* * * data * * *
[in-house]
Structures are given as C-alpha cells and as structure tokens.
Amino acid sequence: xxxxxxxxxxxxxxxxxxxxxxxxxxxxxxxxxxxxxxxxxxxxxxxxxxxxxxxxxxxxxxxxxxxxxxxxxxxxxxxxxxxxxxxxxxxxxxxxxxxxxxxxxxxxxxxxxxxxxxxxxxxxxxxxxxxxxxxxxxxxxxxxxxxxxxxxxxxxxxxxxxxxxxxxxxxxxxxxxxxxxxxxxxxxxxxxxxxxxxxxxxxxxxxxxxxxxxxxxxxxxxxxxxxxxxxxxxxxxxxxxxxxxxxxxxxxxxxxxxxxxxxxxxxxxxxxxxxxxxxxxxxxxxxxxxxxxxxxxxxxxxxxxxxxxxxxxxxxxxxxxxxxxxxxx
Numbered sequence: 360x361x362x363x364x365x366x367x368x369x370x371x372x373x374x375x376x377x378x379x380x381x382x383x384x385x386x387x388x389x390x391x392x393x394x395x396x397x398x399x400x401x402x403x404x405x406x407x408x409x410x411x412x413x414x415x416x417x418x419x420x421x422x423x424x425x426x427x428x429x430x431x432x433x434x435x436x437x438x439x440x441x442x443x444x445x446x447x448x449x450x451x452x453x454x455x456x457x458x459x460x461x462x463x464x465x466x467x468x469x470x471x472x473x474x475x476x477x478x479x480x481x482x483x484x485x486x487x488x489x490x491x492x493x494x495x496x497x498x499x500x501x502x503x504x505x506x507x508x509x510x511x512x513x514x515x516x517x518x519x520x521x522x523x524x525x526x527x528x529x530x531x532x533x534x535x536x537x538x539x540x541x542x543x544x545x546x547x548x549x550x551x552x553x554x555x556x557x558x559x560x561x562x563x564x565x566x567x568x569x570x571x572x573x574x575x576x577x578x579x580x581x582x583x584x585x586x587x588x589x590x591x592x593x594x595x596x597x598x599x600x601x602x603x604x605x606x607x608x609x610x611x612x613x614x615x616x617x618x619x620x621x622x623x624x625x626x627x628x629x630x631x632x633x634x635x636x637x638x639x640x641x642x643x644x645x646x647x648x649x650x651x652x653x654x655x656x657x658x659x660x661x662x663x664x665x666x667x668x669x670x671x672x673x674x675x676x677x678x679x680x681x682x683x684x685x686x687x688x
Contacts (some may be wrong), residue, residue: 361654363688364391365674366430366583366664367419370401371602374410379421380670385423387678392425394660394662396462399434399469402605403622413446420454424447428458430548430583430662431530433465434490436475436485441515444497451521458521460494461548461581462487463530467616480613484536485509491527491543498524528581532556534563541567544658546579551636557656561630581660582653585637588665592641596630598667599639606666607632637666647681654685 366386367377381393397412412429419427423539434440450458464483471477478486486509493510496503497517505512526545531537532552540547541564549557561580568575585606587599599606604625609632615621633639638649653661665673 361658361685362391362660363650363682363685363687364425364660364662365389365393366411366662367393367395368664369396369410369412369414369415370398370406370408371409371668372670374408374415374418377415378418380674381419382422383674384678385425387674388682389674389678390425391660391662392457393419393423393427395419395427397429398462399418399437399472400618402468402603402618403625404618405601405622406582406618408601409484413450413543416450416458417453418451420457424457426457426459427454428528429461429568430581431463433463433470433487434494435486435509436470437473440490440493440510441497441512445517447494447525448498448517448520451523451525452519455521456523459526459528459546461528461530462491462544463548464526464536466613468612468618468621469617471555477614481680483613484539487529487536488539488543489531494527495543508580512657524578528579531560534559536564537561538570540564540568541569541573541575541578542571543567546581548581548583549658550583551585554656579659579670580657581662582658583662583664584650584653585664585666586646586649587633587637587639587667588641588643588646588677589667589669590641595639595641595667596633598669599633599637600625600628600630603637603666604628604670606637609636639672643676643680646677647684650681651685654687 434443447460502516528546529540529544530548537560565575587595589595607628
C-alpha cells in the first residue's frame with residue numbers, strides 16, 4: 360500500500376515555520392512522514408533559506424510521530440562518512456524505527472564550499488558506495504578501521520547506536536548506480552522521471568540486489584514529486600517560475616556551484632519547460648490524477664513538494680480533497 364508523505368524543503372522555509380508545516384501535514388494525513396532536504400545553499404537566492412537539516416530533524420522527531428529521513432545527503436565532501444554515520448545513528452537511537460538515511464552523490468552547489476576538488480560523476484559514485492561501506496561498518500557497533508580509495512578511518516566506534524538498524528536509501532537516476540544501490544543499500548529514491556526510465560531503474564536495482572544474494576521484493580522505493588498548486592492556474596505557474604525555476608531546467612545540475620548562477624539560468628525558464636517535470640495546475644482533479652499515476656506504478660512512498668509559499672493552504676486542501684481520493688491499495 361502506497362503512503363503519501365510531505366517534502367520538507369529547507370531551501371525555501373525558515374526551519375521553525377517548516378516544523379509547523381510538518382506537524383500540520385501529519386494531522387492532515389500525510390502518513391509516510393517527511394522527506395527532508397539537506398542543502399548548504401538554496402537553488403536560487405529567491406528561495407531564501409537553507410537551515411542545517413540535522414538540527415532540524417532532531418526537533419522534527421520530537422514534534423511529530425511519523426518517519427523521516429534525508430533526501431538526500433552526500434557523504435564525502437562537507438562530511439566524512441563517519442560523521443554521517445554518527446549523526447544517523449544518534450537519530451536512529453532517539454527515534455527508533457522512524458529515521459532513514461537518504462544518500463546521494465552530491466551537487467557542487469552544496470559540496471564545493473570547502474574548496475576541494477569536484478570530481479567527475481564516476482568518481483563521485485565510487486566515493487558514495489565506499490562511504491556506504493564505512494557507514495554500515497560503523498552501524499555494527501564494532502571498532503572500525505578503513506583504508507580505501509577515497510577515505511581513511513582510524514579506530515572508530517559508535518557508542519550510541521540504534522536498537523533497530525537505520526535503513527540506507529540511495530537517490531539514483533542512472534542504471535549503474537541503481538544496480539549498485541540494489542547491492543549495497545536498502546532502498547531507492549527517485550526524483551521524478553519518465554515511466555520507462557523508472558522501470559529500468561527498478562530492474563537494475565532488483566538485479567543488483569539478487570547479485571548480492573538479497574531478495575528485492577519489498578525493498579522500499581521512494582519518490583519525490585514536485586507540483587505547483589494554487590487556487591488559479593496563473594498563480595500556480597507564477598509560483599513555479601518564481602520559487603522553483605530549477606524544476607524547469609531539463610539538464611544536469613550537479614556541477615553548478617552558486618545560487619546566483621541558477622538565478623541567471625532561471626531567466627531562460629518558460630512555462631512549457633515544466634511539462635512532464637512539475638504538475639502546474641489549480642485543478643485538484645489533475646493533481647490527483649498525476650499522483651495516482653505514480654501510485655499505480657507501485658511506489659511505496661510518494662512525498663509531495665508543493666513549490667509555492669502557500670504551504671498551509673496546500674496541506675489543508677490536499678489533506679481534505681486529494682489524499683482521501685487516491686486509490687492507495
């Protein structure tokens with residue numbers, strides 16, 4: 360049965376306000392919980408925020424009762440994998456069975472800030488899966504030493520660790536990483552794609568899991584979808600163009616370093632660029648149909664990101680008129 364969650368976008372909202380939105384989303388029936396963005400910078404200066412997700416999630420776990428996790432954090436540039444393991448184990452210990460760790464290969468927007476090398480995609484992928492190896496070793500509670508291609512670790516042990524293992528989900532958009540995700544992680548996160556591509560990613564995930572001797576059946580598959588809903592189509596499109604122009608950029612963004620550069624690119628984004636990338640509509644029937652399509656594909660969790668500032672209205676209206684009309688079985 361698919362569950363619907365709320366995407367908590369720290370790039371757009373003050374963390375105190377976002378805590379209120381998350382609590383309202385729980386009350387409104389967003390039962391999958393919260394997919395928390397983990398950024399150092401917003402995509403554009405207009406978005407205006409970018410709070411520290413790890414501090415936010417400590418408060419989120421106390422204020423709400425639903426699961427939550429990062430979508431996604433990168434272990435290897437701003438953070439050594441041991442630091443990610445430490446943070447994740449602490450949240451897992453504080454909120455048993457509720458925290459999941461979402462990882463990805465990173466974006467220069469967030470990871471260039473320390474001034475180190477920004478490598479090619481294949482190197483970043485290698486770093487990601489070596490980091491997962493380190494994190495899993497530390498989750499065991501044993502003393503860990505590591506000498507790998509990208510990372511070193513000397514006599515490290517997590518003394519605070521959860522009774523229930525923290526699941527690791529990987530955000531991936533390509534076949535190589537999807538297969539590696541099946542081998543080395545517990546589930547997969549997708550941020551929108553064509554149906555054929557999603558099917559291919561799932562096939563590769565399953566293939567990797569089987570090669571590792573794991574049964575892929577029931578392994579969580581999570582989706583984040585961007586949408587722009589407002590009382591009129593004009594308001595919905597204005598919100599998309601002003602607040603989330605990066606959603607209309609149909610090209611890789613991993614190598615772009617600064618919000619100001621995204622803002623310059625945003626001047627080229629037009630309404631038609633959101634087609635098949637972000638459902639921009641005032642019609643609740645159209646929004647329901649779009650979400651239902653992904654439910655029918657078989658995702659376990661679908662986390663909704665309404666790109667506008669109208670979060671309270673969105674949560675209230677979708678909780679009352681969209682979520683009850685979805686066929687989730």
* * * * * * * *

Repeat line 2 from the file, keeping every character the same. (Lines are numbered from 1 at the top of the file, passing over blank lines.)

Structures are given as C-alpha cells and as structure tokens.